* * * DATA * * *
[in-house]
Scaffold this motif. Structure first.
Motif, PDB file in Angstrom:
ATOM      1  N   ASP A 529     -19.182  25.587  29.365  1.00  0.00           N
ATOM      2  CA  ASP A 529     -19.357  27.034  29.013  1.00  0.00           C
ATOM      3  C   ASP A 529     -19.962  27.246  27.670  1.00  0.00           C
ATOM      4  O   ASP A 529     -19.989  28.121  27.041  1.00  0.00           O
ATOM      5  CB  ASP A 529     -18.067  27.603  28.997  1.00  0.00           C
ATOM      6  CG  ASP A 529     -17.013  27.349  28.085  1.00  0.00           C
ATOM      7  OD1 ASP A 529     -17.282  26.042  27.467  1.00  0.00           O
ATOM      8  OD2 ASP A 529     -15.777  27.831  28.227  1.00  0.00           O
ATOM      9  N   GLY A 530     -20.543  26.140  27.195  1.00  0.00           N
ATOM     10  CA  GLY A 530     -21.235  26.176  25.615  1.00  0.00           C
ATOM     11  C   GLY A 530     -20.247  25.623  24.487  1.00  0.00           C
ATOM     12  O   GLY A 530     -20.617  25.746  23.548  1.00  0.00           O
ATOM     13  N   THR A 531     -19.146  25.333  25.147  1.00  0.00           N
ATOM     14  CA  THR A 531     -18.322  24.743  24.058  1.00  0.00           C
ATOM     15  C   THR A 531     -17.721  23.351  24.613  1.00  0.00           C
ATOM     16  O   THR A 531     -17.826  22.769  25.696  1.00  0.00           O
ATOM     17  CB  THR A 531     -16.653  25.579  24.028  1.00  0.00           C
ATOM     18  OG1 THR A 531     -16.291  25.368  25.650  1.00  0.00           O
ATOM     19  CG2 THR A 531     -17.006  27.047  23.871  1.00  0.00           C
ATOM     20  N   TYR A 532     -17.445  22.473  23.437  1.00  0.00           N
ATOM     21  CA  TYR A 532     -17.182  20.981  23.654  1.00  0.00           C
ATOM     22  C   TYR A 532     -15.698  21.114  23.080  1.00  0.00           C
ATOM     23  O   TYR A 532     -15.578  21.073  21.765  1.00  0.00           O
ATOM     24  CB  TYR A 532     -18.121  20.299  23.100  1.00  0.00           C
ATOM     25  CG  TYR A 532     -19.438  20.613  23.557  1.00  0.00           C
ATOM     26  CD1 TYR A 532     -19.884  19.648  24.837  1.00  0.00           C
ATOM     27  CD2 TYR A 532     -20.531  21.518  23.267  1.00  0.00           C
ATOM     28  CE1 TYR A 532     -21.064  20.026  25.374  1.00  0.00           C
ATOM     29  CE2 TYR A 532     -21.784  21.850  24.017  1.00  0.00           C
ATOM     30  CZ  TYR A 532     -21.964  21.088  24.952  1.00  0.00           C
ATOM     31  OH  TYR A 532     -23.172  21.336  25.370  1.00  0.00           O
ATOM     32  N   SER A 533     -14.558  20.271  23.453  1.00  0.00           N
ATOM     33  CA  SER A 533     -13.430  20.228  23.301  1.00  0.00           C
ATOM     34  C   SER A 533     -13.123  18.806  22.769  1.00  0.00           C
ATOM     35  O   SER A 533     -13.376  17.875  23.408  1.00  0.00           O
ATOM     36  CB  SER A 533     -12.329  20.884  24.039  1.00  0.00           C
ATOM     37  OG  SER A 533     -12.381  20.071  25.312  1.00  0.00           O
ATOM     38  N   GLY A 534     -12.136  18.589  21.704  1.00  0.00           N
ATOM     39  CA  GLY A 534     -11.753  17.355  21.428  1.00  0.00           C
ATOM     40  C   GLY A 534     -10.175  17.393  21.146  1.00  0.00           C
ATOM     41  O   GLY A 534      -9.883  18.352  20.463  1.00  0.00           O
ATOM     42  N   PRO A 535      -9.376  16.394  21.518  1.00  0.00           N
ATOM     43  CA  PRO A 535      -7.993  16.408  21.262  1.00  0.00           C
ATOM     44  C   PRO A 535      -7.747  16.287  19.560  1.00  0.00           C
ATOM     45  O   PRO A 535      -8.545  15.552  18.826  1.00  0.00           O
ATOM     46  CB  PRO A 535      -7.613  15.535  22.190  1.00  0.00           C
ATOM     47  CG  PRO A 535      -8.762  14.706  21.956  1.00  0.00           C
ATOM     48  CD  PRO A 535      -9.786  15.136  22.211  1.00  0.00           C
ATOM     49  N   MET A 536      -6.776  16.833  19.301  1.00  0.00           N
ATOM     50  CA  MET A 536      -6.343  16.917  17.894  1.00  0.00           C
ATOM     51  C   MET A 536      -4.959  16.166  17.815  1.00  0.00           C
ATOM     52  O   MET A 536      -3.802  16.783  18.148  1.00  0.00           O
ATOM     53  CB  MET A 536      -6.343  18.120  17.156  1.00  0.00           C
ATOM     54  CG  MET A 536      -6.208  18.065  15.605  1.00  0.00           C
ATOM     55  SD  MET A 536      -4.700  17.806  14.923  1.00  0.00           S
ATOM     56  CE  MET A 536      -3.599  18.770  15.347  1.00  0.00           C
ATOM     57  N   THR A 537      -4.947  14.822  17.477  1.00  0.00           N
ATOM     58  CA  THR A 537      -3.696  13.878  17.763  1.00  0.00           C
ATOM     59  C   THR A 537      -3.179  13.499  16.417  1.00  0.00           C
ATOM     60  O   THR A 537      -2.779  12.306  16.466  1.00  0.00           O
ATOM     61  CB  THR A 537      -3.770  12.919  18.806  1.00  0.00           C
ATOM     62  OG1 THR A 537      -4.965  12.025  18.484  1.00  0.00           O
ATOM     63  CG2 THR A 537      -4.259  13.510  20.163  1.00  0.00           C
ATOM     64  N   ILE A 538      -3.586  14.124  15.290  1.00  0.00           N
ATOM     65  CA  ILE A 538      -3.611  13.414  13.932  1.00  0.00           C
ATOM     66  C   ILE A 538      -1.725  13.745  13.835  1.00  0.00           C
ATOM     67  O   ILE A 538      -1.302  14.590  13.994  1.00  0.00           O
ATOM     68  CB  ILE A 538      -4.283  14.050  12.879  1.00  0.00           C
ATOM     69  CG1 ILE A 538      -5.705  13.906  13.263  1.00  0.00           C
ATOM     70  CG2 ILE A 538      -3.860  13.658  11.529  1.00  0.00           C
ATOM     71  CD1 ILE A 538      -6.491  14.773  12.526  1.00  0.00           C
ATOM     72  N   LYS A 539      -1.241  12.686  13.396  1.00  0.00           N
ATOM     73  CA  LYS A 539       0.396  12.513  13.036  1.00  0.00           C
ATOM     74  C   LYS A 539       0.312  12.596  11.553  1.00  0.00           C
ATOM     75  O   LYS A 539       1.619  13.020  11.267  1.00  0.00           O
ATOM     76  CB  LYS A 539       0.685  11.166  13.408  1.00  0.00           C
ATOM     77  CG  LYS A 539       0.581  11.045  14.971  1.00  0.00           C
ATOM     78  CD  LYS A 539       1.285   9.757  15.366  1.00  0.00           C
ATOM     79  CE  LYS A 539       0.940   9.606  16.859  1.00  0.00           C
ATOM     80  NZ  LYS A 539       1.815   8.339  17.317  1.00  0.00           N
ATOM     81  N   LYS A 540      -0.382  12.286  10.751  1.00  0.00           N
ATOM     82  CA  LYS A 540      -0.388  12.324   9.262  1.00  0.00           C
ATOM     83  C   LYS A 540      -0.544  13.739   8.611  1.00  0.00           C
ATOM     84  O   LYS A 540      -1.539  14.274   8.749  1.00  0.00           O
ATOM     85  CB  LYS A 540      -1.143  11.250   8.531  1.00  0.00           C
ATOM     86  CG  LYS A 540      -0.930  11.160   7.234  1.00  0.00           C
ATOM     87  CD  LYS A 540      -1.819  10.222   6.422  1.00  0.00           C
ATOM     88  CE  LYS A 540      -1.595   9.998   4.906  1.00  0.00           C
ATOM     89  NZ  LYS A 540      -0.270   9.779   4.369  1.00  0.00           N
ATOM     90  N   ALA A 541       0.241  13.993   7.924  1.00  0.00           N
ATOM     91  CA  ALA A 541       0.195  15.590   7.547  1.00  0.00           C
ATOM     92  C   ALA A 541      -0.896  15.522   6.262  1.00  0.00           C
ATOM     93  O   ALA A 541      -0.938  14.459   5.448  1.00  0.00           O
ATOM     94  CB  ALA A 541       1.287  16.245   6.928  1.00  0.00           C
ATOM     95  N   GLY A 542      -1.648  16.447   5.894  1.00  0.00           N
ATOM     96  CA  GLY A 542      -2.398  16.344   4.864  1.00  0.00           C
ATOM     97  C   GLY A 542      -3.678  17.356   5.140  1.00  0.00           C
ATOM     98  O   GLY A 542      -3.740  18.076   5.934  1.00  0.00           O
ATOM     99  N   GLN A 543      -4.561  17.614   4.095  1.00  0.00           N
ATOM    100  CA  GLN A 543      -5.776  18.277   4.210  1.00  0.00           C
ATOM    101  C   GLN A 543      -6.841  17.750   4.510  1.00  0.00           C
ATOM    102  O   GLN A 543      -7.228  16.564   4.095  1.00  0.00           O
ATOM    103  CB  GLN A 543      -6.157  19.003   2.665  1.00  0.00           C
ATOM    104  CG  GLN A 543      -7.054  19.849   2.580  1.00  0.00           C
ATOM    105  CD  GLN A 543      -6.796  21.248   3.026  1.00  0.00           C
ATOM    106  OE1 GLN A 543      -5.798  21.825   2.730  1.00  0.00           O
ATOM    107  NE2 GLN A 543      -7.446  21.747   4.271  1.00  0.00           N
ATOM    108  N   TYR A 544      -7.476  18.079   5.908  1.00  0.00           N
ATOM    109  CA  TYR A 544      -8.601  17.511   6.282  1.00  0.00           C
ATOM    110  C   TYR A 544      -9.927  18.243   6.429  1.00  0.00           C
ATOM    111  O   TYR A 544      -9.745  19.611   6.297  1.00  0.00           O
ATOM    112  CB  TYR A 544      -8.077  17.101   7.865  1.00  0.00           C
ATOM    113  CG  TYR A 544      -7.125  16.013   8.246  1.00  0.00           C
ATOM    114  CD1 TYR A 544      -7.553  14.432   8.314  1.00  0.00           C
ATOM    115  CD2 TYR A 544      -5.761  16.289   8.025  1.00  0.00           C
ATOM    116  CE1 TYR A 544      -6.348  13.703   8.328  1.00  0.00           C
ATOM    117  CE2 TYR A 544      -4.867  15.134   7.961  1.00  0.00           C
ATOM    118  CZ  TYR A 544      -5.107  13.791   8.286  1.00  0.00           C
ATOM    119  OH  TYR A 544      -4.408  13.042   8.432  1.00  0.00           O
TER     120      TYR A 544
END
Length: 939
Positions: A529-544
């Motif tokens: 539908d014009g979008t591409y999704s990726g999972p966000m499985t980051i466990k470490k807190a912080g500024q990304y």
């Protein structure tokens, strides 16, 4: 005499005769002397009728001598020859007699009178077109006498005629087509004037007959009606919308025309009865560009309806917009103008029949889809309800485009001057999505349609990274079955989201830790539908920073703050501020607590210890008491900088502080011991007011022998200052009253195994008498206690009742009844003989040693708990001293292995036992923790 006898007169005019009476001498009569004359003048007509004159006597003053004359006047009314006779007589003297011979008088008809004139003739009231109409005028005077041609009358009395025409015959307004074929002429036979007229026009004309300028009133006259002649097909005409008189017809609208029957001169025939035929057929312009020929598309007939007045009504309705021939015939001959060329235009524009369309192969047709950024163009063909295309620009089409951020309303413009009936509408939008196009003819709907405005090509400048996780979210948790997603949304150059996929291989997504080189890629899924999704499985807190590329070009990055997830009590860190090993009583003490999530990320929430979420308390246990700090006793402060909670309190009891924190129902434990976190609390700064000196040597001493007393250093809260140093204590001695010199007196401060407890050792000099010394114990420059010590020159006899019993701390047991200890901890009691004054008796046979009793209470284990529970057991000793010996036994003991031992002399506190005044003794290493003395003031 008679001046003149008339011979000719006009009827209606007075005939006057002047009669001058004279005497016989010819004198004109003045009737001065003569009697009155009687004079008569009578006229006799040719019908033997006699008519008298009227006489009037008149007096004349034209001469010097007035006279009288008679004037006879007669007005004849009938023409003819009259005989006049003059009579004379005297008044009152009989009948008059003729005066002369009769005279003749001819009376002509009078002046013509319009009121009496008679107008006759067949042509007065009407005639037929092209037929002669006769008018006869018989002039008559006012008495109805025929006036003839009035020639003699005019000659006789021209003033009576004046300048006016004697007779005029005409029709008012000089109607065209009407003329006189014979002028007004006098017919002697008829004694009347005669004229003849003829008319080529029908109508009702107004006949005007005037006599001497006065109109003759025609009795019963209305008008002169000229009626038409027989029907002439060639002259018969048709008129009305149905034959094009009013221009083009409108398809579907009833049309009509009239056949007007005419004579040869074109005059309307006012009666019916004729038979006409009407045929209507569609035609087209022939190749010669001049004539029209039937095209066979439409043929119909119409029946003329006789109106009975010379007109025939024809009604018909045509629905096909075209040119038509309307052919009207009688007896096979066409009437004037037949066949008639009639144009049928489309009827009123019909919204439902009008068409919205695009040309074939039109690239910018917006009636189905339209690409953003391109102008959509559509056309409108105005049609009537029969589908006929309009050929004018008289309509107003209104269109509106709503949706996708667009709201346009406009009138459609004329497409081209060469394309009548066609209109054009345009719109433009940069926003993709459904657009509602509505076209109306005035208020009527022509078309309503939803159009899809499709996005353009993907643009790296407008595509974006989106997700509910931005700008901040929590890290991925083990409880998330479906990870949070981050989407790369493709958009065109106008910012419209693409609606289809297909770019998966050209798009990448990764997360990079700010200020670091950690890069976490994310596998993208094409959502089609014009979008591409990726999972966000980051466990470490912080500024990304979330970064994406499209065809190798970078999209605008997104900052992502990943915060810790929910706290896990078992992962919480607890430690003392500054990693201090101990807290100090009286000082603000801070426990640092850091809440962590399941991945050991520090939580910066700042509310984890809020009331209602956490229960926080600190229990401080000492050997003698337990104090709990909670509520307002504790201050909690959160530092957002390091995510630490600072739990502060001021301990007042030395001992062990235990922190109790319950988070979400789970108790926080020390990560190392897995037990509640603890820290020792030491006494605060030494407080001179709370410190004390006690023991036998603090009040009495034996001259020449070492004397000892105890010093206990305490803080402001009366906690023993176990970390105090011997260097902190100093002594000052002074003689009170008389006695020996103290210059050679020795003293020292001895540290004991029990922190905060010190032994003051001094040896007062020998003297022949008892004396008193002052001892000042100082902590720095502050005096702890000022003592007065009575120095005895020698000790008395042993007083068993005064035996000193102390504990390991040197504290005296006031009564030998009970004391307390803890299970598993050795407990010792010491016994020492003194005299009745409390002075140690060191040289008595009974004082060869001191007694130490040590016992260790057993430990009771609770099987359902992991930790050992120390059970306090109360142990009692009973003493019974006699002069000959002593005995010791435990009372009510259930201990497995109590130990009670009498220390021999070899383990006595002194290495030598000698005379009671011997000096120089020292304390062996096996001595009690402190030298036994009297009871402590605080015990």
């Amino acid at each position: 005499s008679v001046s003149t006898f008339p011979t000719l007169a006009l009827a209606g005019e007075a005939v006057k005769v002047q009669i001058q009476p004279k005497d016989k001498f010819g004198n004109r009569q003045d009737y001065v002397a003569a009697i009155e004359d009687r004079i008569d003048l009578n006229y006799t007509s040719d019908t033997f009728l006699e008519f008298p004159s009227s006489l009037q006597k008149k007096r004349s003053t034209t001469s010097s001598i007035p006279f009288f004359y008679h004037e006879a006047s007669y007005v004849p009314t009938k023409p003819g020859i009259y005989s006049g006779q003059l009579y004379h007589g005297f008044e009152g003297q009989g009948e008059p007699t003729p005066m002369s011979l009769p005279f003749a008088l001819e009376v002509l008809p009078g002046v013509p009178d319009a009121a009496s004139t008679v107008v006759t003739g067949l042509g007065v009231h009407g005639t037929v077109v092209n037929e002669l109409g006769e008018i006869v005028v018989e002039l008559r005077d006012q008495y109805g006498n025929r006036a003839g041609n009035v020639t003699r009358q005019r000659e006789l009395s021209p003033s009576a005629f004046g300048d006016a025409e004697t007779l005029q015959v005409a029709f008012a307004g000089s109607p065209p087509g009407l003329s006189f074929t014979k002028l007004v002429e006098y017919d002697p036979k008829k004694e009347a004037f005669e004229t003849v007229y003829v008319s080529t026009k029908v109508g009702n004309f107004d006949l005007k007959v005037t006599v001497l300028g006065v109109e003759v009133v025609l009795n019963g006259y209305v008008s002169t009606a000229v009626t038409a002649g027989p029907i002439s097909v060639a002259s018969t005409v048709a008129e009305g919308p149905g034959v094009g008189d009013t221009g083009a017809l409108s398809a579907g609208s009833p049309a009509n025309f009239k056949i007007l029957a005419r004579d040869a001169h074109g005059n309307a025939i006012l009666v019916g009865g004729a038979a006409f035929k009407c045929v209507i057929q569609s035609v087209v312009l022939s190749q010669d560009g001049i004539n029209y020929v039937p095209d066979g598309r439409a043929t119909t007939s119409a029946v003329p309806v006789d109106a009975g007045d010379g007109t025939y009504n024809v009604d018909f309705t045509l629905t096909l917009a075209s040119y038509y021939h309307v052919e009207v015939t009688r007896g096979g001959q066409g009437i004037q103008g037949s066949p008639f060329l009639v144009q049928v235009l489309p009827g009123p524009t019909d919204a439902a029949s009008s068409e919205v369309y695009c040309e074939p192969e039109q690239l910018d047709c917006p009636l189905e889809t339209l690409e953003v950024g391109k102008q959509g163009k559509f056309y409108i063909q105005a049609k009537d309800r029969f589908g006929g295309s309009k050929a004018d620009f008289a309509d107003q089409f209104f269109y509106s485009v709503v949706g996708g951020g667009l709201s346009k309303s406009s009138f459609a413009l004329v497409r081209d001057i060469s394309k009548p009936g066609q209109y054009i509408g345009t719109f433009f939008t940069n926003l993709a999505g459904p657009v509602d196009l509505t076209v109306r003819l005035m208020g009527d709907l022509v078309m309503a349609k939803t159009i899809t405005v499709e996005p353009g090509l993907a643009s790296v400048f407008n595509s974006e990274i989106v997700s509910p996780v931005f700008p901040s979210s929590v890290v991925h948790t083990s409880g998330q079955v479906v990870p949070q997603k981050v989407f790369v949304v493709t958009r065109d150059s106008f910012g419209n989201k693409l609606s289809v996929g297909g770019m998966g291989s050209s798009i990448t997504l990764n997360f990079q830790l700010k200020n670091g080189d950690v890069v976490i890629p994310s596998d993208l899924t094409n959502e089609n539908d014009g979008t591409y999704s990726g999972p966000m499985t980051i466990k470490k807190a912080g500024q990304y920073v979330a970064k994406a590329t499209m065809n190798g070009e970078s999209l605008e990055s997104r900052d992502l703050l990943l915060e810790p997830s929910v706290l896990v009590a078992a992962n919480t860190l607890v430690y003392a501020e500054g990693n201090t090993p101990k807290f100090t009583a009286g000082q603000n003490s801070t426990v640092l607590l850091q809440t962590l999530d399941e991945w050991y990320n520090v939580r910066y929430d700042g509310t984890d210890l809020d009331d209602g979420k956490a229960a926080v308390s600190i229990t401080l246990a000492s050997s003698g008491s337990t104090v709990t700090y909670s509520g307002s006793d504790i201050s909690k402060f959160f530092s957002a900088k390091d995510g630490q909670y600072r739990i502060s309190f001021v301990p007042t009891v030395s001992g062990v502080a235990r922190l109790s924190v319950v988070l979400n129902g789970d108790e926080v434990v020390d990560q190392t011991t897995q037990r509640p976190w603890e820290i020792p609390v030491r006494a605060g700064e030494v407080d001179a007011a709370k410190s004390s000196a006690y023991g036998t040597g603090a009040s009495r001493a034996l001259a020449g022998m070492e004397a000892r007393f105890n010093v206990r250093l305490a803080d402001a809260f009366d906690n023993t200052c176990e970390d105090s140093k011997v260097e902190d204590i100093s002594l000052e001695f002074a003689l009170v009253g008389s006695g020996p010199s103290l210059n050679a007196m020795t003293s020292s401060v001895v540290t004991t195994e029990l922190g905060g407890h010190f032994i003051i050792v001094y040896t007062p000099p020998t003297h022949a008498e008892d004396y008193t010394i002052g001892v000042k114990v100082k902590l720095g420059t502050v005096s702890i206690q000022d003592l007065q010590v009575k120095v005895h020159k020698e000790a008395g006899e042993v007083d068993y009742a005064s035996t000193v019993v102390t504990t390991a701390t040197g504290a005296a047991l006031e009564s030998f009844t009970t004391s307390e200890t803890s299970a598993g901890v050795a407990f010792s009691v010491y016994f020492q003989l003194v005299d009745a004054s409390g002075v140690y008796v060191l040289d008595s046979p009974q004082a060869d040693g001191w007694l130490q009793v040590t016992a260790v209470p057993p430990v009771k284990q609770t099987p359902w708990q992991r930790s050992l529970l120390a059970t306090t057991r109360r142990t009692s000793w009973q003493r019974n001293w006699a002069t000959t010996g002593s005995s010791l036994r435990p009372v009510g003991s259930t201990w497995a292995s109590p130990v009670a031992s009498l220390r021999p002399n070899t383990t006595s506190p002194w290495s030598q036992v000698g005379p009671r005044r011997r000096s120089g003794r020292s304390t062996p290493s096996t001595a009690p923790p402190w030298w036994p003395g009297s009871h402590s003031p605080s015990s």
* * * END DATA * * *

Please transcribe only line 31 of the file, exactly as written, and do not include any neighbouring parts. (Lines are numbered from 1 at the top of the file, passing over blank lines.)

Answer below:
ATOM     28  CE1 TYR A 532     -21.064  20.026  25.374  1.00  0.00           C